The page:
The argument that individual with whom I was discussing this today should have been making was that “Android is the most popular mobile platform out there, that’s why it has the most malware.”
While it’s true that the Android core kernel is basically Linux, most of what’s going on that’s being exploited on Android is in user space, i.e., the graphical arena in which most users are operating, through which most data is passing, and most of the easily exploitable (and probably least vetted and scrutinized) application code is running.
That does make it a popular target. But is it really the “Linux” in Android that is making it exploitable?
No. What makes it exploitable is Dalvik, which is Google’s “clean room” implementation of Java.
You know. Java. A cesspool of patch swarms dealing with security issues that are potentially catastrophic. Is Dalvik Java? Not according to the court system, it’s not.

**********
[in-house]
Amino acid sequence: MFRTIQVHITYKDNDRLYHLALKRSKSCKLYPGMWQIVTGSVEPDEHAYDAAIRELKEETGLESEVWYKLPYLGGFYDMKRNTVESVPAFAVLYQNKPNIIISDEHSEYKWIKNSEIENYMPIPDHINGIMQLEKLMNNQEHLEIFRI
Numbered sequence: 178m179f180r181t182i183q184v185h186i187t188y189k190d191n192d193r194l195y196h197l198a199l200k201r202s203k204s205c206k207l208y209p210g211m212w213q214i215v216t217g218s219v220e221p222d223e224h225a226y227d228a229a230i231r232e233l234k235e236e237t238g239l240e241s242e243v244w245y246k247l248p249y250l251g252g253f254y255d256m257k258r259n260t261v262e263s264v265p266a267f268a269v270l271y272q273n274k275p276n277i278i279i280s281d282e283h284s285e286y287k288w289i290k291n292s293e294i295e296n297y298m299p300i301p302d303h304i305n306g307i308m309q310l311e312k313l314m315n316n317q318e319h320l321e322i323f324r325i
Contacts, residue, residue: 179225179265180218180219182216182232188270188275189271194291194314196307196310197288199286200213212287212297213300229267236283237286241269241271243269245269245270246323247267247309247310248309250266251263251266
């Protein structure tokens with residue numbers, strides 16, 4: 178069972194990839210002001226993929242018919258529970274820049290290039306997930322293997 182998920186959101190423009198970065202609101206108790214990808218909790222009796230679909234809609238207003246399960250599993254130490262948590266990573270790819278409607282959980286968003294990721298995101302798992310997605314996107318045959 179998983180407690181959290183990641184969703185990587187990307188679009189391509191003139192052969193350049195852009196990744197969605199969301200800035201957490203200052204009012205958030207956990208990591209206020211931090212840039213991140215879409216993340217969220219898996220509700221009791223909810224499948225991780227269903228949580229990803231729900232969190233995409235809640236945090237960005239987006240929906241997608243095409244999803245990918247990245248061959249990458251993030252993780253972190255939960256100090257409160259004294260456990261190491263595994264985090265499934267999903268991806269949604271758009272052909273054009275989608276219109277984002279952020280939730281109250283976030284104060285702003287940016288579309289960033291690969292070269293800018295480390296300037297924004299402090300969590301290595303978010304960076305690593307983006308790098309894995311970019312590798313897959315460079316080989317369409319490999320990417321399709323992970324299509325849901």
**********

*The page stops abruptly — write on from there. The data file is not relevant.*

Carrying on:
But Linux isn’t Unix either, and in most cases, the architectures are so similar you can run Unix applications on Linux systems and vise versa, often without even recompiling them.
The malware issues facing Android are due to its upper layers, that insecure, hole-ridden user space.
If Linux became as popular as Windows on the desktop, it would likely have some malware issues like Android has, but they’d be exploits of the user space, whatever desktop environment was running on top of Linux, but far less likely to be exploits aimed at the kernel itself.
Because the kernel, by Linux’s architecture, is far more protected from programs’ access and user space shenanigans than Windows… in Windows, even if you give a garden variety guest account access to a printer, there is suddenly a direct line of elevated access to the Windows kernel.
This is why even a Windows user with basically no privileges can manage to have their workstation compromised by a simple website drive-by attack.
In Linux, the most that would happen is that you might compromise the user space, the desktop environment that sits on top of the Linux kernel, but has — by design — very limited interaction with it, because unlike Windows, Linux was designed from the ground up with security and multi-user considerations fundamentally in mind.
The end of my rant